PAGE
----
Florida legislature expands Stand Your Ground
State decides that Stand Your Ground cases should no longer be public record
Published: April 9, 2014
Stand, don’t deliver
Not content to accidentally shoot itself in the face while sitting at a bar or attending class, the National Rifle Association managed to push a Trojan Horse of a bill through both the state House and Senate last week that will effectively expand the ridiculous castle-doctrine-turned-shoot-everyone Stand Your Ground law in the state. What was once known as the “warning shot” bill – intended to even the playing field for people like abused Florida wife Marissa Alexander, who is still fighting an extensive prison sentence for shooting a gun into the air as opposed to, say, gunshow enthusiast and jackass “hero” George Zimmerman, who walks free – has now grown to include some festive amendments.
How could such an amazing bill get even better, you might ask? Well, for one, it means that Stand Your Ground remains deeply enshrined in our unfair legal system, and continues to be overused in defense cases – Florida has had 237 Stand Your Ground defenses since 2005, according to the Tampa Bay Times, and the majority of those cases are determined to be “justified,” even in cases where it’s a child who dies, caught in the crossfire of a drug deal gone bad.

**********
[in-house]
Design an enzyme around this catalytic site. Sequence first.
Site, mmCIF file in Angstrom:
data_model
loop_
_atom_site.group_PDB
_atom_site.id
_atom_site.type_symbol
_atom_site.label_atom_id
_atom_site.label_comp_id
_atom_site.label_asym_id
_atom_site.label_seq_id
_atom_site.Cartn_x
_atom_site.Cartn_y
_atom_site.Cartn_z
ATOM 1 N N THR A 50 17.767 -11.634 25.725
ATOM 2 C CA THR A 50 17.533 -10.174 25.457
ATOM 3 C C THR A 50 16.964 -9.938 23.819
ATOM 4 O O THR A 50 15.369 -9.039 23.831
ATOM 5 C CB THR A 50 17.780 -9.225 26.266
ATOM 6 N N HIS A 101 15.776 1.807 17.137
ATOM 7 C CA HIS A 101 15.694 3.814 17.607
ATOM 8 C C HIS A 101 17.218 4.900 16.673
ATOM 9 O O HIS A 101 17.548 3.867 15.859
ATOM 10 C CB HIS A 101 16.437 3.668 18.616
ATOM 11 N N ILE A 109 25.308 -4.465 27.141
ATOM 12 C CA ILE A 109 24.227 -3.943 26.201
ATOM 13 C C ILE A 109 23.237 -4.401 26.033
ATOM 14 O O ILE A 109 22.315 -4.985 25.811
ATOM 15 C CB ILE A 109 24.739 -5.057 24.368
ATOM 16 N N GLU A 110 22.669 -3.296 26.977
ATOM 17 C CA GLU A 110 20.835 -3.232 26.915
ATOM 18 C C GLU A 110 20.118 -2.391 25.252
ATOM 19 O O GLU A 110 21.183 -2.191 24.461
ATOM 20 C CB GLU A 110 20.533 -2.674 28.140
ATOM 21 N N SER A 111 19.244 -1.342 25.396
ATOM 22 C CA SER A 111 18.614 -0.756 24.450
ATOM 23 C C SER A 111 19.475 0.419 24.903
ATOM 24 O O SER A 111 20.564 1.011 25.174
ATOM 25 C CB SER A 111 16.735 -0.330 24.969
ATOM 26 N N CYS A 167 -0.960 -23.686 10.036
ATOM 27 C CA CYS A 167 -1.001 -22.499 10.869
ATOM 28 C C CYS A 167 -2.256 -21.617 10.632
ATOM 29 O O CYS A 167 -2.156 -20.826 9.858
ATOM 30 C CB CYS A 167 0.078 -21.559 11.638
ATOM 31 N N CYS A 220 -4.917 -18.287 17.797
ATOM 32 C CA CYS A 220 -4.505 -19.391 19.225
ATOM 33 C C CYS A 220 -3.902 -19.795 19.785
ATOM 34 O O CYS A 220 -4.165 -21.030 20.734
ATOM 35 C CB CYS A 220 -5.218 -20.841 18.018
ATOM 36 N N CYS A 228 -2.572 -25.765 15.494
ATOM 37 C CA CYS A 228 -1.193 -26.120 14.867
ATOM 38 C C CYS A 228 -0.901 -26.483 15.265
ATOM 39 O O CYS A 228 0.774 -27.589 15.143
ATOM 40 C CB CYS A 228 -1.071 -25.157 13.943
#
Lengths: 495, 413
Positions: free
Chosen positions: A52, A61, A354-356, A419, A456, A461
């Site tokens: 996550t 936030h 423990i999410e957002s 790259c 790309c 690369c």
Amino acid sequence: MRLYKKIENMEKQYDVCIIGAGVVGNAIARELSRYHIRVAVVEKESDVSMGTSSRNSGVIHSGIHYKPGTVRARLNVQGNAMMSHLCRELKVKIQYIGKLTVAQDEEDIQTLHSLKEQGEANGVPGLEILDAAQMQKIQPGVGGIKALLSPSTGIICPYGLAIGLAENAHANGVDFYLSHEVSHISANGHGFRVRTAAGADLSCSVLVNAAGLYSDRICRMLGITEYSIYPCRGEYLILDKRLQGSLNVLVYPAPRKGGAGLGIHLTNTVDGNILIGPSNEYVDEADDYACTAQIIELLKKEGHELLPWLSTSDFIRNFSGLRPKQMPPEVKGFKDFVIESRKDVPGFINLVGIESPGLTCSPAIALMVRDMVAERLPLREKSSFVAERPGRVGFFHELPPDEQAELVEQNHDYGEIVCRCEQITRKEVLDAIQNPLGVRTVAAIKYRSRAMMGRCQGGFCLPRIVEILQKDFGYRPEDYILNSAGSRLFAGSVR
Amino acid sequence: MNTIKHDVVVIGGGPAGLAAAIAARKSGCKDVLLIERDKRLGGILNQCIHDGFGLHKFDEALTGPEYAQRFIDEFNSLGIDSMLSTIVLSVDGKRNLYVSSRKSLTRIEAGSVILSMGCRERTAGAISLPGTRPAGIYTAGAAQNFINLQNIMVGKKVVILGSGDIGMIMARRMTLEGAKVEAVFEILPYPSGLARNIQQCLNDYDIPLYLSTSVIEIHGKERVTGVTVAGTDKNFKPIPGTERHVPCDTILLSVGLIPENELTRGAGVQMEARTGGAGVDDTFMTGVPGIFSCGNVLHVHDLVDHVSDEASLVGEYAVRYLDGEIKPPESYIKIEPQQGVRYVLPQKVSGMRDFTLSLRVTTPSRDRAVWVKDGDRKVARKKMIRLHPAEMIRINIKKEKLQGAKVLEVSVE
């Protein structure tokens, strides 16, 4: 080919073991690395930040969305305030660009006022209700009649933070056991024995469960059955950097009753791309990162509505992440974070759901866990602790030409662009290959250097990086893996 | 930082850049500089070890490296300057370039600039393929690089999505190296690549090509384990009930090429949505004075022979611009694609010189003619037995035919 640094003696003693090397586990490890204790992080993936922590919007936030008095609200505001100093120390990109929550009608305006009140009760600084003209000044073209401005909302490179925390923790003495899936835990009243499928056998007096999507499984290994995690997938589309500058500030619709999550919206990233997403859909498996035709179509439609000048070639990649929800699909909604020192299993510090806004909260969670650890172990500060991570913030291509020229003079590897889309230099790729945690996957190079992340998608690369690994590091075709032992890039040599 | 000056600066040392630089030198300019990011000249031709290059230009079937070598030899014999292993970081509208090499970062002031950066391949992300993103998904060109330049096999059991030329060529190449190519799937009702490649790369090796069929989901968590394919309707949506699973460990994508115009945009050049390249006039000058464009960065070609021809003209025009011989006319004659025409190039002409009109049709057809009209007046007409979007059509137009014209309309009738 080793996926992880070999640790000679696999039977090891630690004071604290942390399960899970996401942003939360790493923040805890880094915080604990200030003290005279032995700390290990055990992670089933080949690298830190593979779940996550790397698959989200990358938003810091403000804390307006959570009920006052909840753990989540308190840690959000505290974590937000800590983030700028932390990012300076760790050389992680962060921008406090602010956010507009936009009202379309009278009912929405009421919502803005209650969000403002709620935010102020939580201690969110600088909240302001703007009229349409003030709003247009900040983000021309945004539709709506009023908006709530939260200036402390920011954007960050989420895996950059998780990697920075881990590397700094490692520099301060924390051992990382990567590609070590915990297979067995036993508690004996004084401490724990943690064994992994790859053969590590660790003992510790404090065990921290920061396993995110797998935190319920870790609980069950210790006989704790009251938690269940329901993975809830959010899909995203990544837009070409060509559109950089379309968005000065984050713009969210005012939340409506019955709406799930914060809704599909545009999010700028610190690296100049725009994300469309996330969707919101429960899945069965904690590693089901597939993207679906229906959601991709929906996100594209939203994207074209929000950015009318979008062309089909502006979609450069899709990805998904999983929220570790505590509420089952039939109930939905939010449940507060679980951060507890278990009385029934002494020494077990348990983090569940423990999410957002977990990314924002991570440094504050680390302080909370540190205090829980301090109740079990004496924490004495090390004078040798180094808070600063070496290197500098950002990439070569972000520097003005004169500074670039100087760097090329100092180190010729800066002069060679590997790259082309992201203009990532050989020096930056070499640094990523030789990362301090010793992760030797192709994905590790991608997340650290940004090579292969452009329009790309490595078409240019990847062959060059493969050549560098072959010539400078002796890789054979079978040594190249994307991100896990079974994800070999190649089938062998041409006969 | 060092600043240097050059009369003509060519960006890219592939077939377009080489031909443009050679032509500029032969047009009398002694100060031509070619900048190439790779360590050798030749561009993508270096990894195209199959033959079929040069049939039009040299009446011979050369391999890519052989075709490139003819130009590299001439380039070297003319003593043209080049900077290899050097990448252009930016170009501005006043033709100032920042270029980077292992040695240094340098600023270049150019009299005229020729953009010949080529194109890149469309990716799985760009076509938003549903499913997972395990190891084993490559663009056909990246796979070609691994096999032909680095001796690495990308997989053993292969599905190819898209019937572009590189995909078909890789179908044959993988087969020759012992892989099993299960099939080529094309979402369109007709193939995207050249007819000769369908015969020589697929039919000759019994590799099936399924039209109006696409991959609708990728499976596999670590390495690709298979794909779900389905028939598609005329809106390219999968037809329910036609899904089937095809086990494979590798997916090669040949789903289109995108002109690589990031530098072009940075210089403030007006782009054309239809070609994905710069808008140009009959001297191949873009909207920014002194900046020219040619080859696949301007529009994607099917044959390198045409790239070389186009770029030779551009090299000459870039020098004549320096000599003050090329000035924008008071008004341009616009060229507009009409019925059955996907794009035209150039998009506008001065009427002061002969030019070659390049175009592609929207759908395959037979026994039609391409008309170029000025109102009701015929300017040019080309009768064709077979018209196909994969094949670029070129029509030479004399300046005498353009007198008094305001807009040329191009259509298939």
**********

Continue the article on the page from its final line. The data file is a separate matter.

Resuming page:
But wait! There’s more! The newly refashioned Stand Your Ground(er) will now make all Stand Your Ground cases secret, especially from the media that loves to talk about how this law is ruining our state. The Dream Defenders – the brave folks who held a monthlong sit-in at the Capitol just to get the governor’s attention on the issue – released a statement about the updated legislation on April 4. They are, shall we say, not happy.
“As citizens across Florida have demanded the repeal of the Stand Your Ground law, we are disappointed to see that the Florida Legislature has done quite the opposite,” said Ciara Taylor, political director for the Dream Defenders. “Today’s vote shows that our legislators have ignored our calls and have instead chosen to double down on this dangerous law that will continue to claim the lives of innocent, unarmed victims. We will remember the names of those who voted in favor of this law today – they will be on the lips of officers who explain to mothers why their children never make it home, in funeral packets of churches all across the South, and, most importantly, in the hands of Florida voters on Election Day in November.”
Guns down. Knives out.
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